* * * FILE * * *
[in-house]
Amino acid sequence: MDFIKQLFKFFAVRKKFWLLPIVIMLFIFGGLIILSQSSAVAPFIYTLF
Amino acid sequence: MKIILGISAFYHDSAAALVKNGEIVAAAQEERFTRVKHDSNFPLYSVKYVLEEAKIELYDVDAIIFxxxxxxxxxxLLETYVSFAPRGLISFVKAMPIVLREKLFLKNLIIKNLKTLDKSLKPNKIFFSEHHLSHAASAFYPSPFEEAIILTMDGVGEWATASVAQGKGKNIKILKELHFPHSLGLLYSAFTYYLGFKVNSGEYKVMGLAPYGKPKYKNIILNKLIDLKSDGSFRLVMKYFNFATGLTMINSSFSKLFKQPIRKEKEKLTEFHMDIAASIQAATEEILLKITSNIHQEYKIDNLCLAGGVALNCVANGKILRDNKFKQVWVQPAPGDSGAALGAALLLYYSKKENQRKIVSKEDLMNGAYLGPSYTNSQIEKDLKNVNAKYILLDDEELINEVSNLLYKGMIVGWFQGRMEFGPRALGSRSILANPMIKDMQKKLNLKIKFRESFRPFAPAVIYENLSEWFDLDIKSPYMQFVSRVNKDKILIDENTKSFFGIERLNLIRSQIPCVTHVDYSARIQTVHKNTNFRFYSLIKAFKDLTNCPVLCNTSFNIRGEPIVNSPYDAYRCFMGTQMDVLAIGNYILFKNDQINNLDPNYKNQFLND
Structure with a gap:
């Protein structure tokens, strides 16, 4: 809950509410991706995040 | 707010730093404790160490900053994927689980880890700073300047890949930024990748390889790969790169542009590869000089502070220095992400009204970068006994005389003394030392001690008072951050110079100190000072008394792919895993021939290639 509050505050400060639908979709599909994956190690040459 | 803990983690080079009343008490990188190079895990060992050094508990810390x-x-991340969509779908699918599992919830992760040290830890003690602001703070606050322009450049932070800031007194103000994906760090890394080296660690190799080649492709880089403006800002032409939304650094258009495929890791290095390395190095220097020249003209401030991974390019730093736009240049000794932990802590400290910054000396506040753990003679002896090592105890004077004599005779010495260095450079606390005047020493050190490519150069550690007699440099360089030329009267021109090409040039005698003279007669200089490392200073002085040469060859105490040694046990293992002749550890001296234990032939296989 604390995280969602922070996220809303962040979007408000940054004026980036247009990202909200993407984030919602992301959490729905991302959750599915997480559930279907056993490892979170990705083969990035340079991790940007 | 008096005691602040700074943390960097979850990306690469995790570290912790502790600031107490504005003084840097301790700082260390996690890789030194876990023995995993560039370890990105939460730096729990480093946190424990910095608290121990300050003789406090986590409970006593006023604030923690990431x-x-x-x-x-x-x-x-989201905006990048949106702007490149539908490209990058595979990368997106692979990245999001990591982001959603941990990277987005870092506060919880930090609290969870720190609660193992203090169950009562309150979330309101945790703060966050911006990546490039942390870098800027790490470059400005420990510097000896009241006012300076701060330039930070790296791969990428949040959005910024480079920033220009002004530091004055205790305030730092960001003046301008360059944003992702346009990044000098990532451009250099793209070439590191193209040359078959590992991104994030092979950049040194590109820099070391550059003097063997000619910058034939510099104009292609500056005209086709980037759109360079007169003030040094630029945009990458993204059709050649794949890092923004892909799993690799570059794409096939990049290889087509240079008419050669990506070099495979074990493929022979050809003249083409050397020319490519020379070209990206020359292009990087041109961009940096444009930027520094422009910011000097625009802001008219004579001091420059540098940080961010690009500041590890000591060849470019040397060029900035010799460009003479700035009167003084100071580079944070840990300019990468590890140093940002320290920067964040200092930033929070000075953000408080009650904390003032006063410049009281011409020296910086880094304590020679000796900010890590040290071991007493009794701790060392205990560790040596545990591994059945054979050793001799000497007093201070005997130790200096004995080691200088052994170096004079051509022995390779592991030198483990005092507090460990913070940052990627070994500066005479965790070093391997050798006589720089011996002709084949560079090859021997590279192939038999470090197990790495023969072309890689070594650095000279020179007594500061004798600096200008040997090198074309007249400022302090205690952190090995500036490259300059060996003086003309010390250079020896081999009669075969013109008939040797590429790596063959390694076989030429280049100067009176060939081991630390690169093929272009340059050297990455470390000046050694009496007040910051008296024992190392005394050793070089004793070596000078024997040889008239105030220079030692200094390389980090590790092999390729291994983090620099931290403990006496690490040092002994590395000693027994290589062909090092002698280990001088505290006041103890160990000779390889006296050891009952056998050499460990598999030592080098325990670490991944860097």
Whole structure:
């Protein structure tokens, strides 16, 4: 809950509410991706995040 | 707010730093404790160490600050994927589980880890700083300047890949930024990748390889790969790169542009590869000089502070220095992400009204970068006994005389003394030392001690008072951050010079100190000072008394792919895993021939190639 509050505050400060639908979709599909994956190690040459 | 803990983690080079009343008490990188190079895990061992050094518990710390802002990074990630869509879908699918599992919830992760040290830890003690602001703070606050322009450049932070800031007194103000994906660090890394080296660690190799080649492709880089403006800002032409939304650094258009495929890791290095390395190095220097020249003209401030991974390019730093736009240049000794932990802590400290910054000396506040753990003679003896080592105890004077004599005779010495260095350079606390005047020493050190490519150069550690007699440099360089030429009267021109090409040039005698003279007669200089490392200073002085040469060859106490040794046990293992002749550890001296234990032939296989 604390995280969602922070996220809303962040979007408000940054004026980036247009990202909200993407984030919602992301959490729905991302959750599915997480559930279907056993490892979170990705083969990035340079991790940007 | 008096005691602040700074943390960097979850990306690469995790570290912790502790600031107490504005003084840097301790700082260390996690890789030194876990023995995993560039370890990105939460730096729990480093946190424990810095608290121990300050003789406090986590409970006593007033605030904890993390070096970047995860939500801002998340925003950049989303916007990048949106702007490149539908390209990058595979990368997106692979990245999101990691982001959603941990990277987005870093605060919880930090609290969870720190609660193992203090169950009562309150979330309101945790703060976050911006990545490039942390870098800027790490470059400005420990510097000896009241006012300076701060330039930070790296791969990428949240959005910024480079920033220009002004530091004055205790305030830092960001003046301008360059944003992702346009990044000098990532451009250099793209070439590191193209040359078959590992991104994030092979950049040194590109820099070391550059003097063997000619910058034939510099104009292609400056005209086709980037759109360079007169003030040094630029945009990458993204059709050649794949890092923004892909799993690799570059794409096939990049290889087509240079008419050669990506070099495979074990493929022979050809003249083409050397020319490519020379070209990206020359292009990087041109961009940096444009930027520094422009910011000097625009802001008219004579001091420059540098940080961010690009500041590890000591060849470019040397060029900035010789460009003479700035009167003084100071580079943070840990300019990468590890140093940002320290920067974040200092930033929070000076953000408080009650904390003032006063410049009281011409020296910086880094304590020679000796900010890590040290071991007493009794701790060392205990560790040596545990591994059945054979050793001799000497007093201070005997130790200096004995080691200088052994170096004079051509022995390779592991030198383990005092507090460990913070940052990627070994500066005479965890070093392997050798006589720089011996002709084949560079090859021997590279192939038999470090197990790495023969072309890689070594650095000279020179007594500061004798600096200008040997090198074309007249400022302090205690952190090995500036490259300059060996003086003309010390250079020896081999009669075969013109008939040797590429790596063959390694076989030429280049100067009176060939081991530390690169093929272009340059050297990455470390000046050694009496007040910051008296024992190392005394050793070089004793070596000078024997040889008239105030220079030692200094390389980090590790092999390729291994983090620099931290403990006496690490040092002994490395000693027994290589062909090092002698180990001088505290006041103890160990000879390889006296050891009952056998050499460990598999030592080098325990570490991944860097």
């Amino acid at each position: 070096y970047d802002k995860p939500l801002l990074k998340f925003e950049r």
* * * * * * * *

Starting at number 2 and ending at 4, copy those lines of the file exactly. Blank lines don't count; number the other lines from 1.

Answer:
Amino acid sequence: MDFIKQLFKFFAVRKKFWLLPIVIMLFIFGGLIILSQSSAVAPFIYTLF
Amino acid sequence: MKIILGISAFYHDSAAALVKNGEIVAAAQEERFTRVKHDSNFPLYSVKYVLEEAKIELYDVDAIIFxxxxxxxxxxLLETYVSFAPRGLISFVKAMPIVLREKLFLKNLIIKNLKTLDKSLKPNKIFFSEHHLSHAASAFYPSPFEEAIILTMDGVGEWATASVAQGKGKNIKILKELHFPHSLGLLYSAFTYYLGFKVNSGEYKVMGLAPYGKPKYKNIILNKLIDLKSDGSFRLVMKYFNFATGLTMINSSFSKLFKQPIRKEKEKLTEFHMDIAASIQAATEEILLKITSNIHQEYKIDNLCLAGGVALNCVANGKILRDNKFKQVWVQPAPGDSGAALGAALLLYYSKKENQRKIVSKEDLMNGAYLGPSYTNSQIEKDLKNVNAKYILLDDEELINEVSNLLYKGMIVGWFQGRMEFGPRALGSRSILANPMIKDMQKKLNLKIKFRESFRPFAPAVIYENLSEWFDLDIKSPYMQFVSRVNKDKILIDENTKSFFGIERLNLIRSQIPCVTHVDYSARIQTVHKNTNFRFYSLIKAFKDLTNCPVLCNTSFNIRGEPIVNSPYDAYRCFMGTQMDVLAIGNYILFKNDQINNLDPNYKNQFLND
Structure with a gap: